The fourth reprimand which mandated termination under defendant's rules referred to absences on the following dates: 6/25; 7/5; 7/7; 7/15; 8/24; 8/25 and 9/4. All six dates are in a time frame when the plaintiff was disabled to do his regular job. Evidence of this fact was well known to defendant because the reprimand was written on September 22, 1982, long after defendant had received the pertinent medical information on plaintiff's injury. The listed dates were days when plaintiff was asserting his compensation claim and these absences should not have been categorized as unexcused. The first day listed was June 25, 1982, which was the day following plaintiff's finger surgery in the Coushatta Hospital. It was this day that defendant's personnel manager accompanied plaintiff to Dr. Huckabay's office and sought his release to return to work from Dr. Huckabay. The next unexcused absence listed was July 5, 1982, which was only five days from the date plaintiff was first examined by Dr. McAlister who found the plaintiff in pain with a draining finger. Dr. McAlister, in a written report to defendant dated June 30, 1982, advised of this fact and further advised the soaking treatment prescribed, that a skin graft may be needed and that another examination was scheduled for July 7, 1982. The next unexcused absence listed was July 7, 1982, and on that date plaintiff was hospitalized for the skin graft and a report dated July 7, 1982, was sent by Dr. McAlister to the defendant. The next unexcused absence listed was July 15, 1982, which was six weeks before plaintiff was released for light-duty work on August 23, 1982. The last three days listed on the termination reprimand are all during a time that plaintiff had not been released to perform heavy work with his left hand. He testified when he returned for light-duty the work assigned him by his employer required his use of both hands to straighten up piles of lumber on a chain. Plaintiff testified he missed these work days because bumping the finger on the lumber caused pain. Plaintiff testified he told his supervisor of the pain the job was causing him. This testimony was not rebutted. It therefore appears there was no justification for calling these days unexcused absences.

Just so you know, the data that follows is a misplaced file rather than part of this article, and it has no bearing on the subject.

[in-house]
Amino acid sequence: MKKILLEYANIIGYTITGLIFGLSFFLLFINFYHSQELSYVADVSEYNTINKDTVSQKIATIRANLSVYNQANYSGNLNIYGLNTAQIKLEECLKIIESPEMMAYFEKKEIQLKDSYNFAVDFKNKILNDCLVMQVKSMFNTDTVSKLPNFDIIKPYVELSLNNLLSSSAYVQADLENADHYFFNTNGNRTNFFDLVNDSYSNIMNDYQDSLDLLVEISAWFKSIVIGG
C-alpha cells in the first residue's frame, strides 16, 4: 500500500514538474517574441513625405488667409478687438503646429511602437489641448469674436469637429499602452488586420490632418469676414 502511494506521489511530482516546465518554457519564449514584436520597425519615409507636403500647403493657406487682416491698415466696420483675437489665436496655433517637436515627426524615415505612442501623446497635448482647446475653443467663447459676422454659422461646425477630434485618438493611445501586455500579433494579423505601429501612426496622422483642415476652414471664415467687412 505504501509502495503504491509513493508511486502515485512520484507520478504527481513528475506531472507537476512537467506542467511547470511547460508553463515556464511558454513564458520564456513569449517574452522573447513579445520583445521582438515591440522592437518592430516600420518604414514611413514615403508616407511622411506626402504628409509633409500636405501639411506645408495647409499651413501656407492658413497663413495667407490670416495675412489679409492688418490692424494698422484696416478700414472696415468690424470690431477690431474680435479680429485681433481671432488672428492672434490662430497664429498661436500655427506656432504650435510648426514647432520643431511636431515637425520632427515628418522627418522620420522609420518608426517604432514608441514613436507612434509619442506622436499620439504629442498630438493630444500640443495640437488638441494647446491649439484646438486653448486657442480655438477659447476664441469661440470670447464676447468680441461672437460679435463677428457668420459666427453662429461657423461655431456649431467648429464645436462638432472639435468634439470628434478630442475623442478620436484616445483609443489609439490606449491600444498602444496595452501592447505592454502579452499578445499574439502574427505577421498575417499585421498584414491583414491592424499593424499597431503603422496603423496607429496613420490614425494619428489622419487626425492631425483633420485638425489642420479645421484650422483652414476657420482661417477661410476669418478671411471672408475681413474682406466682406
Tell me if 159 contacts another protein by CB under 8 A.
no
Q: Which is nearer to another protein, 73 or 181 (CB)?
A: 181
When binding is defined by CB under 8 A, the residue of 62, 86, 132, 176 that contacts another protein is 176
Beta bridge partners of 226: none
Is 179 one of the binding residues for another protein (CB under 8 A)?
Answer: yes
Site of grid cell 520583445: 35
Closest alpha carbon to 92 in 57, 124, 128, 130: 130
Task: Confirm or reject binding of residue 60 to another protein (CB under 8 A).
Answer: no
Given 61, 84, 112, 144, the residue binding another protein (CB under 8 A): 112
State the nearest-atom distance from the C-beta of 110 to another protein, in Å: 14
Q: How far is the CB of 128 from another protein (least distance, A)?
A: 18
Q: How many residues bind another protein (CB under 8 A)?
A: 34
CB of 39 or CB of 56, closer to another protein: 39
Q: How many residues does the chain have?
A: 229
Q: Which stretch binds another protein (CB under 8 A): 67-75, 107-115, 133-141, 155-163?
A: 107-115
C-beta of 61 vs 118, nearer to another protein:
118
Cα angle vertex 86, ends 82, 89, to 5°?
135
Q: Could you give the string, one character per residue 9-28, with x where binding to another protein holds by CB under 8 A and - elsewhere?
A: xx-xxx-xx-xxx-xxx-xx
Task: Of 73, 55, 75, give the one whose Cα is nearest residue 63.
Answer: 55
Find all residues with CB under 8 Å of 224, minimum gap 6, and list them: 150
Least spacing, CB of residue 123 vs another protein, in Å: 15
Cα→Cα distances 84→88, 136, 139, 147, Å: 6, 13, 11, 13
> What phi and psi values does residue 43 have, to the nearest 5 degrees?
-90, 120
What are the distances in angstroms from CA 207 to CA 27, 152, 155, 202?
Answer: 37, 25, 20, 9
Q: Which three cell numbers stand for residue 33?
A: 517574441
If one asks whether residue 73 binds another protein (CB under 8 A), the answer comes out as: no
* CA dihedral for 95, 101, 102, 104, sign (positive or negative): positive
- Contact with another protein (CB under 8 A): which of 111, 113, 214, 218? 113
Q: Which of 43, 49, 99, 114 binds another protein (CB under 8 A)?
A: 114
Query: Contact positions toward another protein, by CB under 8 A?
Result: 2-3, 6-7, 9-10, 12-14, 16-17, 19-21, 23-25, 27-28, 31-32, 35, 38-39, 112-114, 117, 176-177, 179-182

The record supports the determination that the defendant's attitude toward the plaintiff did change abruptly after the accident of June 17, 1982 and that the defendant's ostensible documentation of violations of company disciplinary rules was actually motivated in retaliation for the fact that the defendant continued to assert his worker's compensation claim. On August 10, 1982, the defendant received a demand letter from plaintiff's attorney demanding worker's compensation benefits. Within the six weeks following receipt of this demand letter, the defendant directed the last three orders of reprimand to the plaintiff, all of which were based upon unexcused absences. Each of these occurred following *1115 the plaintiff's finger injury and before he was released to return to full duty by the treating physician.